There are essentially two ways to go about this. One is to join an already established partnership   and the other is to start from scratch to form your own.  It maybe that partnering with one of the already established organisations such as Community Safety Partnerships –   which generally include, Schools, Youth Service, Health and Police as  well as a range of local voluntary organisations -will meet your needs. However you will be bound by their mission statement and objectives which might not suit what you are trying to achieve.

Before beginning to look for partners you need to be very clear about what you plan to do and what you are looking for a partner to contribute. E.g. If you are looking to deliver a range of VAWG awareness raising programmes in Schools and Youth clubs what is it you need from those organisations?

Using networks you are already a part of is one of the most effective ways of finding new and appropriate partners as your regular networks are likely to consist of people you trust and respect. You will also already have some knowledge of the organisations objectives and ethos.

If your project involves working with a particular client group and is a new piece of work that has not been carried out before in your area you are more likely to have to develop a partnership from scratch.

When you have identified the partners you need to work with, the next step is to approach them.  If you are hoping to partner with a large organisation, you need to consider who the best person to approach would be. E.g. If you want to work with a school on a VAWG project it is likely to be more productive if you communicate with a Director of Safeguarding or a Head of Pastoral Care.  These people are more likely to be enthusiastic about your work. These people can then engage others within the school as appropriate.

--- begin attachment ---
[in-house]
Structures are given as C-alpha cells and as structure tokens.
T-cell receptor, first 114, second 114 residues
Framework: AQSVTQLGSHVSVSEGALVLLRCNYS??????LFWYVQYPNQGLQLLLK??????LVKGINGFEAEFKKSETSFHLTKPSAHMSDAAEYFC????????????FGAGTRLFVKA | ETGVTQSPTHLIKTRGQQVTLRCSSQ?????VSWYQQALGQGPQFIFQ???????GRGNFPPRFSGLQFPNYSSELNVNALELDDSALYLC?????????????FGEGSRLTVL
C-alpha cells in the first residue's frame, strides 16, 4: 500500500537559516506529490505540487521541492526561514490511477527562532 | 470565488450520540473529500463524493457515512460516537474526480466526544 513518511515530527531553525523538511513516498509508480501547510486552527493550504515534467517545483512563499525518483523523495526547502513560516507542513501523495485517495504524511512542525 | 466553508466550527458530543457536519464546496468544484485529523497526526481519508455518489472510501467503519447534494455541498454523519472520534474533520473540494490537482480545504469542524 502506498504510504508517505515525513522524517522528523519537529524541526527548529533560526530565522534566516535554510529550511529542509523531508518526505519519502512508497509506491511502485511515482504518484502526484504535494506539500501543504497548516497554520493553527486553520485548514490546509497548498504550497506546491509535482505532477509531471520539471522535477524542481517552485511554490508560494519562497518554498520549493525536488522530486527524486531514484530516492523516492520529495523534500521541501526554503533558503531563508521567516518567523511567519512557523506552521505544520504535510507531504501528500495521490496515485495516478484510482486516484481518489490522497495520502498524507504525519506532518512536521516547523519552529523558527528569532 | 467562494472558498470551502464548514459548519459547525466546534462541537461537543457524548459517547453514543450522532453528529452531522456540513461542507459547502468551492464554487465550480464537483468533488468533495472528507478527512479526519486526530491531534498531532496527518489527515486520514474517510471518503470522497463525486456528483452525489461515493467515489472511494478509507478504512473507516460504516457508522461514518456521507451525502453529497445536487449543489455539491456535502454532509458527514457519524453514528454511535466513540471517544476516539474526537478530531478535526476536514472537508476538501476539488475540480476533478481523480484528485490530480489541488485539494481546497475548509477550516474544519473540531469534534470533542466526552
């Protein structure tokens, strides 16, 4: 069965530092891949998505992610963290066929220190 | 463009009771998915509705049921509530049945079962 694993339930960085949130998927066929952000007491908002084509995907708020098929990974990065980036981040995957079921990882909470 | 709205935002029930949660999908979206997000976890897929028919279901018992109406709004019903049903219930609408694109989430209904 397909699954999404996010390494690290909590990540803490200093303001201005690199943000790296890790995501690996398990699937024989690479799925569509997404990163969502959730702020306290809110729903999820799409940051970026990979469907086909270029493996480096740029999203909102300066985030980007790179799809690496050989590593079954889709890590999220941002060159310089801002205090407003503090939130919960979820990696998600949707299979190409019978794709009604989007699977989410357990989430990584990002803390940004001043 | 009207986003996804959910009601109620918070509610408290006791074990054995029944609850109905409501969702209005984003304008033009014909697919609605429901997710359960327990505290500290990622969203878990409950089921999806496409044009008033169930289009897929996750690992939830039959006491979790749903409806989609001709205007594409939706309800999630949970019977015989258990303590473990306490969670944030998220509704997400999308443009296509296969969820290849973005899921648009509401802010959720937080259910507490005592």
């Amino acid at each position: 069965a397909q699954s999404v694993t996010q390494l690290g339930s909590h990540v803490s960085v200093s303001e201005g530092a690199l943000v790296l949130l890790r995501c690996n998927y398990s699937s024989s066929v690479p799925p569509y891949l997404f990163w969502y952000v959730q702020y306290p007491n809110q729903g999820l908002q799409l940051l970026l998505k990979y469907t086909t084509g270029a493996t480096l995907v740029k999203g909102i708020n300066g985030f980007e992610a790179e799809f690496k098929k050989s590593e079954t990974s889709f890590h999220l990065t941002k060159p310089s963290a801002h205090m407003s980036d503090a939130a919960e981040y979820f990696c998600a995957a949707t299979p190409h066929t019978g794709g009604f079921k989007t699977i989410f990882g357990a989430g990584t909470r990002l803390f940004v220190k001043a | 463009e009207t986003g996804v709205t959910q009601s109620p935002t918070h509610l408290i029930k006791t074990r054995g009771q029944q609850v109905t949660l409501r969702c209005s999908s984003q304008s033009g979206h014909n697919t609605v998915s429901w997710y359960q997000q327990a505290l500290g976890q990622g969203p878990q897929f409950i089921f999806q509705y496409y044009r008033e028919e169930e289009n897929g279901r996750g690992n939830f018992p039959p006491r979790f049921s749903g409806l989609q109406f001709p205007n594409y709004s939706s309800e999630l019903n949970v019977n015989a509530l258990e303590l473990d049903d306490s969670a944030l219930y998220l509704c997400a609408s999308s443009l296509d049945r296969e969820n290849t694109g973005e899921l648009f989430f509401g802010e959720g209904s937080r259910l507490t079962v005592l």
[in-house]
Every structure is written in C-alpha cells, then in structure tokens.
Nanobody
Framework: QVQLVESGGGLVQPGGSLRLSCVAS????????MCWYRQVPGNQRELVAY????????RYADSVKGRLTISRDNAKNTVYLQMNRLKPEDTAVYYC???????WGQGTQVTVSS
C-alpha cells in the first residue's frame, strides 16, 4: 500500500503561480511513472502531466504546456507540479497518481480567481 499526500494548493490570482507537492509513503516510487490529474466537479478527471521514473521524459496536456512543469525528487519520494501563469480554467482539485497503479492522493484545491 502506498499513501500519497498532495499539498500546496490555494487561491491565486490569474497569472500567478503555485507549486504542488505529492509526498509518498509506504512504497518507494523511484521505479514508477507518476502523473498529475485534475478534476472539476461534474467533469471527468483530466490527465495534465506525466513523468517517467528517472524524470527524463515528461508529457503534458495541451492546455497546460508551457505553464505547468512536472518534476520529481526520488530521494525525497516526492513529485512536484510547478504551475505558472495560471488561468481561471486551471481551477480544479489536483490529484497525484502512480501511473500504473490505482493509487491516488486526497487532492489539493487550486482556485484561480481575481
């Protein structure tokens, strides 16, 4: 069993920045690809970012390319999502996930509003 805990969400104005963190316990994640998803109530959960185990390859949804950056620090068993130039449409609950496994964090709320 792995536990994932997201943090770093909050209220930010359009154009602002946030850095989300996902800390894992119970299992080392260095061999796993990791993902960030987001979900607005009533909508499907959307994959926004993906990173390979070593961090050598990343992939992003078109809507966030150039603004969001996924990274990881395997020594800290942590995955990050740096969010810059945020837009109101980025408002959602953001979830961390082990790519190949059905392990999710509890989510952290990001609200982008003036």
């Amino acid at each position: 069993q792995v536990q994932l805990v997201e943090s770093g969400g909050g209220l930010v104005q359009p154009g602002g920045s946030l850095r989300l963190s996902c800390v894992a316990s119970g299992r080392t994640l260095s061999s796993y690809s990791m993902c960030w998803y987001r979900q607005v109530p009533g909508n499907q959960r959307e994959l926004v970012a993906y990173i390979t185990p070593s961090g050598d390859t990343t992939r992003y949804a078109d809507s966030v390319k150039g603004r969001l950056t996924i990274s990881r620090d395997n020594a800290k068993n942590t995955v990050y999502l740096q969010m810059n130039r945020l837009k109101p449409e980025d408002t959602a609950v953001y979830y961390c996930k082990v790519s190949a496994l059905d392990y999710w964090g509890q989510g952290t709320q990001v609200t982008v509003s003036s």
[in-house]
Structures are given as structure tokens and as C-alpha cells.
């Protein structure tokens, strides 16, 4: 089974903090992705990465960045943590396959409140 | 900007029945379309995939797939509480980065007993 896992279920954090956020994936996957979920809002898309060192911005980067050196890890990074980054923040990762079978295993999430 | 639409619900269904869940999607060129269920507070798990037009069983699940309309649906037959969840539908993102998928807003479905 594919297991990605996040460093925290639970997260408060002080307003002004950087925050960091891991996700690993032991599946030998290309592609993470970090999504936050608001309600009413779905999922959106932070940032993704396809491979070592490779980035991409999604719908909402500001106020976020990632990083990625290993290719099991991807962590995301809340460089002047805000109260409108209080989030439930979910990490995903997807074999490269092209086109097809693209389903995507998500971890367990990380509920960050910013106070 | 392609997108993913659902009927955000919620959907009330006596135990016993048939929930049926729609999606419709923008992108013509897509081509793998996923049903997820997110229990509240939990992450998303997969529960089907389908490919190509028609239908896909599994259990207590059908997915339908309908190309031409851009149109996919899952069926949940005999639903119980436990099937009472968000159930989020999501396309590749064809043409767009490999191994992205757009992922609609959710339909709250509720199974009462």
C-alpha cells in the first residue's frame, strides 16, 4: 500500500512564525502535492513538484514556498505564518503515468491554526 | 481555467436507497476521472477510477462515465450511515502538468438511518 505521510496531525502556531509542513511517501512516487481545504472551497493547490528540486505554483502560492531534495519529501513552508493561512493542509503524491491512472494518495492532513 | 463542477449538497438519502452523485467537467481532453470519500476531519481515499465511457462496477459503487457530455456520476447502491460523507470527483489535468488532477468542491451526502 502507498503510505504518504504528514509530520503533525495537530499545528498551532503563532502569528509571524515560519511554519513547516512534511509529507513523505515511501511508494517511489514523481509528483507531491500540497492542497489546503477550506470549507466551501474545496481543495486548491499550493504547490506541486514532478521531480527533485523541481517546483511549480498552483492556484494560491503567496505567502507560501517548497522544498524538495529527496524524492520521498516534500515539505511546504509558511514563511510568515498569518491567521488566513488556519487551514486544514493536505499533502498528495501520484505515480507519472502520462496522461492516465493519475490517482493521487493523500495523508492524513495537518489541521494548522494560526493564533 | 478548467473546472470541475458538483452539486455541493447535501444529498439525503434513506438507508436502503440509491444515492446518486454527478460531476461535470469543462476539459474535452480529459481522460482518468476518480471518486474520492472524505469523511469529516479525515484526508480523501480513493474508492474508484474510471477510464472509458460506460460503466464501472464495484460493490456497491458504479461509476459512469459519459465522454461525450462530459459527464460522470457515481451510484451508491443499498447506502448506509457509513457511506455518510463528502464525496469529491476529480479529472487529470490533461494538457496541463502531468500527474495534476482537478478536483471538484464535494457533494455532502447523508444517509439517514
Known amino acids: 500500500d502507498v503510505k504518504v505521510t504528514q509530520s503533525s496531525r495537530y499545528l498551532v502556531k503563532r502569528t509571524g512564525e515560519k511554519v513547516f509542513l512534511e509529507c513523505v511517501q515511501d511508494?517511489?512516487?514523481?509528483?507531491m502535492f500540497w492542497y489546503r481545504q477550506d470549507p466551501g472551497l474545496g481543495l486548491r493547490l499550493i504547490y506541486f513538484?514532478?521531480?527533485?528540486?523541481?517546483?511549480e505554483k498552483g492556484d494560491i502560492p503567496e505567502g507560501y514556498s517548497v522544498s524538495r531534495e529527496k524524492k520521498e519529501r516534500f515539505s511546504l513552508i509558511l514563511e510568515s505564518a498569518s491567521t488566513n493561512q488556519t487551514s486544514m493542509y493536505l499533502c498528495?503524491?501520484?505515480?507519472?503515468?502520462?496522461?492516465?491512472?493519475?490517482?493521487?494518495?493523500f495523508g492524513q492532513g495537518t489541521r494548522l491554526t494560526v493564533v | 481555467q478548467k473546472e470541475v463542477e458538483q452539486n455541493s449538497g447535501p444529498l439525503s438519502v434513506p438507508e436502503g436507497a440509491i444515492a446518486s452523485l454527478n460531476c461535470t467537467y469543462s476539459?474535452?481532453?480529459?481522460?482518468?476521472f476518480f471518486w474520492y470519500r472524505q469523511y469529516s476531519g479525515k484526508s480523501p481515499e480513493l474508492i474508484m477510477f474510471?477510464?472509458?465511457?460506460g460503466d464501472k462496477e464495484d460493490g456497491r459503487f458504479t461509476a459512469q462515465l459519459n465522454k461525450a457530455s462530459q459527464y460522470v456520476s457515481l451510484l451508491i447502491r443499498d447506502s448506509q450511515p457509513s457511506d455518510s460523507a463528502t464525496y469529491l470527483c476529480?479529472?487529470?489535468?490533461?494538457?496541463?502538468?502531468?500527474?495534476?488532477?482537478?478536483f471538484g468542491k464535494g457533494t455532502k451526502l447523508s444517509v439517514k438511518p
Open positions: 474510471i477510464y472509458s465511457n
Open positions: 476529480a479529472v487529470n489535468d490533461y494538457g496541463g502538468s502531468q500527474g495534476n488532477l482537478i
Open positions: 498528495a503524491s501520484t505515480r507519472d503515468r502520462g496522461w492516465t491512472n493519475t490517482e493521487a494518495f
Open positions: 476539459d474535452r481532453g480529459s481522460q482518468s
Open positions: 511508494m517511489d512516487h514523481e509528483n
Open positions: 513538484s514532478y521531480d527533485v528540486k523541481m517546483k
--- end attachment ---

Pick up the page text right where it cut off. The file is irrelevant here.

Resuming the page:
Think carefully about how you will present your rationale for working together; don’t just list the reasons why it would benefit you!

Building respectful and effective partnerships:

For a partnership to be successful all partners need to be fully engaged and committed to the work and all involved need to:

  • Be in agreement that the work requires a partnership approach
  • Willing to work with partners over a sustained period of time
  • Share an ethos  and values about the way in which the work takes place
  • Be able to agree a common aim
  • Value the contribution of others to the work
  • Develop rapport and trust with each other
  • Be a stakeholder in the outcomes of the work

All areas have Local Strategic Partnerships or Community Safety Partnerships are generally more successful because one organisation is not left with doing everything and the responsibility is shared. Having access to a range of ideas and sharing financial costs means that they may be able to address issues that they have previously avoided. Therefore in addition to the above list, partners will be able to:

  • Create a synergy in which people can be enthused by others
  • Share the risk and responsibilities
  • Enhance creative problem solving and decision making around different issues
  • Attract a wider range of funders
  • Be highly productive
  • Offer support to each other

A getting started guide:

Once you have considered all of the above it’s time to get started.  In summary of the above what you need to do is:

  1. Identify the stakeholders who can help you with your project
  2. Think about who you really want as a partner and if there are others who may want to be a partner but you are not sure about.  Have clear reasons for not inviting them in case they ask.
  3. Make sure that other people in your organisation are in agreement with who you want to work with and the way in which the partnership will work.
  4. Before drawing up partnership agreements have an informal discussion with potential partners to get an idea of their thinking and attitudes about the project.
  5. Be clear about your partners specific objectives
  6. Plan the partnership process and factor in enough time to see it through properly.

You can download a AVA Partnership agreement checklist